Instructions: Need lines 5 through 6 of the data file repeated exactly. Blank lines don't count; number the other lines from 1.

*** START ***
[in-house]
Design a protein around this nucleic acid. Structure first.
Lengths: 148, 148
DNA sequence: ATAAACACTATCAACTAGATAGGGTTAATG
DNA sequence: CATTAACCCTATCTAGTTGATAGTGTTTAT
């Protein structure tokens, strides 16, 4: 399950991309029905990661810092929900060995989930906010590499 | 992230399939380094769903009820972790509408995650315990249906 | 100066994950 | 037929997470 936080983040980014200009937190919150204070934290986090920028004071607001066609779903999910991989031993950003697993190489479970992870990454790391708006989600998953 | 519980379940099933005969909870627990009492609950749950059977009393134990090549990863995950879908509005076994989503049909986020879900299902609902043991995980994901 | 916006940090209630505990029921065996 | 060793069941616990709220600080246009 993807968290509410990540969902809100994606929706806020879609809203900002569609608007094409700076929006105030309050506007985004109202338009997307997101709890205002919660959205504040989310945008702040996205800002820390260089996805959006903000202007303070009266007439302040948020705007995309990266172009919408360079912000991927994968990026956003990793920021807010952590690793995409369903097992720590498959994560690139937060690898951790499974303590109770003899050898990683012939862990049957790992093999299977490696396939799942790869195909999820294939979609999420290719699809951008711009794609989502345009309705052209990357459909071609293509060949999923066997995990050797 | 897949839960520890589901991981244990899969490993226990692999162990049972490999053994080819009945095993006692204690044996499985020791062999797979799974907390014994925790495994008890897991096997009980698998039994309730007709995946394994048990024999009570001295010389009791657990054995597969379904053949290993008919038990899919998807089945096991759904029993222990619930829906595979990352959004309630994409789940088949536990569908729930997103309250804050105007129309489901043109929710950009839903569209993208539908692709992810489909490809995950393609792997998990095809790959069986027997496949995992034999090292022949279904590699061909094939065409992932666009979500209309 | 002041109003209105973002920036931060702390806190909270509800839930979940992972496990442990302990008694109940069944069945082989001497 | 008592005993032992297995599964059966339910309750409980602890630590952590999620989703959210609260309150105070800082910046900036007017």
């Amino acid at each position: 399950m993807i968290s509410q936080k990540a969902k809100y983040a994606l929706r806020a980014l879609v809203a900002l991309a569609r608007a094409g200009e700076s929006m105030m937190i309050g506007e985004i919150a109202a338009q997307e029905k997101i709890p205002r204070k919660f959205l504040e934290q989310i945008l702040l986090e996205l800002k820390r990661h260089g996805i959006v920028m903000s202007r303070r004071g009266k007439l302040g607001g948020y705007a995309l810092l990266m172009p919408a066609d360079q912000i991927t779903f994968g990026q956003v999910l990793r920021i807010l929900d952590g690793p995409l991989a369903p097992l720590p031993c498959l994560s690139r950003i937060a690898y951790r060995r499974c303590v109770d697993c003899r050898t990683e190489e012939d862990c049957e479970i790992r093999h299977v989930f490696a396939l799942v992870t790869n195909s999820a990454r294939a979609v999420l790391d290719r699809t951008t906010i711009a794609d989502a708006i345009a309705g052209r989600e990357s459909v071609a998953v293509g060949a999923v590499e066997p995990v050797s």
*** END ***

DNA sequence: CATTAACCCTATCTAGTTGATAGTGTTTAT
């Protein structure tokens, strides 16, 4: 399950991309029905990661810092929900060995989930906010590499 | 992230399939380094769903009820972790509408995650315990249906 | 100066994950 | 037929997470 936080983040980014200009937190919150204070934290986090920028004071607001066609779903999910991989031993950003697993190489479970992870990454790391708006989600998953 | 519980379940099933005969909870627990009492609950749950059977009393134990090549990863995950879908509005076994989503049909986020879900299902609902043991995980994901 | 916006940090209630505990029921065996 | 060793069941616990709220600080246009 993807968290509410990540969902809100994606929706806020879609809203900002569609608007094409700076929006105030309050506007985004109202338009997307997101709890205002919660959205504040989310945008702040996205800002820390260089996805959006903000202007303070009266007439302040948020705007995309990266172009919408360079912000991927994968990026956003990793920021807010952590690793995409369903097992720590498959994560690139937060690898951790499974303590109770003899050898990683012939862990049957790992093999299977490696396939799942790869195909999820294939979609999420290719699809951008711009794609989502345009309705052209990357459909071609293509060949999923066997995990050797 | 897949839960520890589901991981244990899969490993226990692999162990049972490999053994080819009945095993006692204690044996499985020791062999797979799974907390014994925790495994008890897991096997009980698998039994309730007709995946394994048990024999009570001295010389009791657990054995597969379904053949290993008919038990899919998807089945096991759904029993222990619930829906595979990352959004309630994409789940088949536990569908729930997103309250804050105007129309489901043109929710950009839903569209993208539908692709992810489909490809995950393609792997998990095809790959069986027997496949995992034999090292022949279904590699061909094939065409992932666009979500209309 | 002041109003209105973002920036931060702390806190909270509800839930979940992972496990442990302990008694109940069944069945082989001497 | 008592005993032992297995599964059966339910309750409980602890630590952590999620989703959210609260309150105070800082910046900036007017």